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Written by Todd Van Beck, CFuE 

At 8:30 a.m. on Armistice Day, November 11, 1921, gun salvos sounded from Fort Myer and continued every 60 seconds during the five-hour ceremony.

No military leader, regardless of rank or achievements who died in the course of any war, received such a funeral ritual as this soldier who on this day would be interred as the Unknown Soldier in America’s most hallowed and revered cemetery – Arlington.

The funeral ceremony was really symbolic of the eternal gratitude of the whole nation to the common soldiers who sacrificed their lives for our freedom.

While the nation honored this nameless man on that chilly November morning, the Unknown Soldier, whose sacred remains came on the funeral caisson down famous Pennsylvania Avenue in front of thousands of mourners, was in reality known to all.

He was one of “our boys,” an American son, not a warrior as they were called throughout the centuries in the dark days of war.

To some women that day, weeping in the crowd after an all-night vigil, the Unknown Soldier was their boy who when missing one day and was never found until now.

To many of the men who lined the route of the funeral procession, many wearing ribbons and badges of mourning on now civilian clothes, he was a very familiar figure – a comrade, the one they like best, the hail-well-met chap who possibly drank too much in their taverns, and the one who went out into the fields of death and stayed there with the great, noble, and honored companionship.

As the funeral procession, with military precision, went by that day, a chilling thought entered the mind of many men:  “That could have been me.”  Doubtless, every man or woman that day realized this this funeral procession was a symbol of attained and cherished freedom and peace – that the world would now be a better place.

It was the red, white, and blue of Old Glory, the Stars and Stripes, draped over the standard gray military casket that revealed him instantly, not as a mythical warrior aloof from common humanity, but as one of those fellows dressed in khaki, stained by mud and grease, who went into the ditches and dirty trenches with the American flag leading his way.  In his heart were unspoken emotions, bravery and fear simultaneously with a faith not shaken.  He was full of complication, far from perfect, a human being, but in the watchwords of that war, he and we were then, as now under the same flag.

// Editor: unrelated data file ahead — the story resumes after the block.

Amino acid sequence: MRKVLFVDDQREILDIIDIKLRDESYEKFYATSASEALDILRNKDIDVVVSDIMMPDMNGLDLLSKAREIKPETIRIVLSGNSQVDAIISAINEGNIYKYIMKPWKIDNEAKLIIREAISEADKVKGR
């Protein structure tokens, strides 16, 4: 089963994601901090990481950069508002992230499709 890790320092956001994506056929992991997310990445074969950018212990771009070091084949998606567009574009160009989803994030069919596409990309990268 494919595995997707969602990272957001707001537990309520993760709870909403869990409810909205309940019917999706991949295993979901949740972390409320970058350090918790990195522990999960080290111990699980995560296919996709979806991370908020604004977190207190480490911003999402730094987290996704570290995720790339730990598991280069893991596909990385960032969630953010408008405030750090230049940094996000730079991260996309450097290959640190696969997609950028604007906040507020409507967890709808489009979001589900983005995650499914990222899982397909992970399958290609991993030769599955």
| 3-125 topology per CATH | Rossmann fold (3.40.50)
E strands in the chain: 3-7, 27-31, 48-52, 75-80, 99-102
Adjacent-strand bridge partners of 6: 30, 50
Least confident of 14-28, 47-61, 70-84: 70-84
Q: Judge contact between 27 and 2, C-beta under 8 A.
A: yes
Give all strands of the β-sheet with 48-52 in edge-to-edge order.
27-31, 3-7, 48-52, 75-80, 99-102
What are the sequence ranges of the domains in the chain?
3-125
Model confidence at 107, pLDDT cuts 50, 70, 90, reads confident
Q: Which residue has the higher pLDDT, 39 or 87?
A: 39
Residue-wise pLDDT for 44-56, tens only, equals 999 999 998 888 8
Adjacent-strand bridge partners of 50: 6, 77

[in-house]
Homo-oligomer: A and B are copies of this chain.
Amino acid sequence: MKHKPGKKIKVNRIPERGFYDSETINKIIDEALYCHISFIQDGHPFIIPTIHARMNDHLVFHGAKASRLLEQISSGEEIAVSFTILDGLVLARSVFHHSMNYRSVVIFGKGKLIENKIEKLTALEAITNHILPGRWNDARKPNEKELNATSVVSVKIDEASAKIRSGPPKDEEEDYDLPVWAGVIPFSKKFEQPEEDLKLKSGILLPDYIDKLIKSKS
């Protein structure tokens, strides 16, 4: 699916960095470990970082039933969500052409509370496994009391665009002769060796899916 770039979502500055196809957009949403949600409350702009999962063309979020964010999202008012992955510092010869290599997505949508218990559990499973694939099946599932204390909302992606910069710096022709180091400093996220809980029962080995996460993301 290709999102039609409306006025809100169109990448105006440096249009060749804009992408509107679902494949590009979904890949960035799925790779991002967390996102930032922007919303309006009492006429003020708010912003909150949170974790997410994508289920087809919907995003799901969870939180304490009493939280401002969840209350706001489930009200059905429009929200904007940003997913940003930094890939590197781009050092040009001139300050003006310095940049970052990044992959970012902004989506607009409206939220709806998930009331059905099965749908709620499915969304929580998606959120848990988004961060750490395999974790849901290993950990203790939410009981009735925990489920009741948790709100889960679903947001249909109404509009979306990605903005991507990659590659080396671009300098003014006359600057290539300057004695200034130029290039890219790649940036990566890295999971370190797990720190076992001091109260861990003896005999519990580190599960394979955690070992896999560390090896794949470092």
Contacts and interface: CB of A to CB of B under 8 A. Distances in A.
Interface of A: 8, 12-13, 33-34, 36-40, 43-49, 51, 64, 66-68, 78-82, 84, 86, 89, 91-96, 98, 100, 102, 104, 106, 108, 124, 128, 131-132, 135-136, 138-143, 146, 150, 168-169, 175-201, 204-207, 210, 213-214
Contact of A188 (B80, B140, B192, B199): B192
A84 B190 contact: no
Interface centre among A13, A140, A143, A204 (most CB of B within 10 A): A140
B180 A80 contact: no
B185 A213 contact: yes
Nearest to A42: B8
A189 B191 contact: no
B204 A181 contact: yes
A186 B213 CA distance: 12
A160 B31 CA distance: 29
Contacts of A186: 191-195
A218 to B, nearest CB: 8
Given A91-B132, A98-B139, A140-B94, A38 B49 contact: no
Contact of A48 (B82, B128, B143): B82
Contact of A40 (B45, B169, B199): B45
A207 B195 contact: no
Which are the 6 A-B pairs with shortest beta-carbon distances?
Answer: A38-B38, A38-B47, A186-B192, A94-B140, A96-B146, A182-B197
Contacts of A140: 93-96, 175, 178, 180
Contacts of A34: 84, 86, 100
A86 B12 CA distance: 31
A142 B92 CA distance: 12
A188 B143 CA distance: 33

As the funeral procession reached Arlington Cemetery Amphitheater, there were some of the great men of the time waiting to greet the body of a simple American soldier.

General John G. “Black Jack” Pershing, tall and dignified stood at attention, along with former President and now Chief Justice of the United States Supreme Court, William Howard Taft.  President Warren G. Harding nervously shuffled the papers of his speech.             

Former president Woodrow Wilson, frail since being stricken by a stroke, but still the acknowledged and revered war leader was sitting quietly to the side.

There were bishops, archbishops, priest, and prime ministers ready to honor the sacred remains of a soldier who had gone trudging through the mud and muck like one ant in a legions of ants, all unknown to fame.  A casualty not more heroic than his pals and buddy’s around him, and perhaps not missed much when he fell dead between the tangled wire and shell-holes, but a hero nonetheless.

Now this common solders body was brought before the greats of the greats from the United States military.  It was their brains that had directed his movements down that long road that blistered his feet, over ground made impossible to cover because of gun fire, up banks from which he slipped under the weight of his pack.  Whatever his rank as a soldier this day marked the end of his long journey, which this day finished in a grave marked, “Unknown.”

In life this soldier had looked upon these great men in awe.  Sometimes, he had saluted them as they rode past him in their magnificence.  Now they all stood at Arlington to salute him, to keep their silence in his presence, to render him homage more wonderful, with deeper reverence than any general or president has ever received.  It was noticed that of all the greats who on this funeral day were humbled, only Woodrow Wilson unashamedly shed tears.

The light was dim that morning at Arlington.  The ruins of old Arlington House, the former home of General Robert E. Lee, now the center of the cemetery, looked gloomy in the November mist.

The Capitol dome could not be seen but the minute funeral guns along the funeral route kept booming.  Soon, the sun shone brighter so that the dome of the Capitol was etched with ever deepening lines.  On all the buildings, flags were flying at half-mast.  The military officers, who walked about with swords drawn wore mourning crepe on their left arms.

Presently, they passed the world along, “Reverse arms,” and all the lines of the funeral procession, soldiers turned over rifles and bent their heads in homage.

It was very silent in Arlington.  Before the ordered silence, the dense lines of people had kept their places without movement and spoke little in their long line of waiting and then, as they caught their first glimpse of the caisson, were solemnly quiet, all heads bared and bent.  One could feel the spirit of reverence in the crows.  This gathering of everyday people was touched with the sharp, yet comforting thought as to what this funeral was really all about:  Freedom.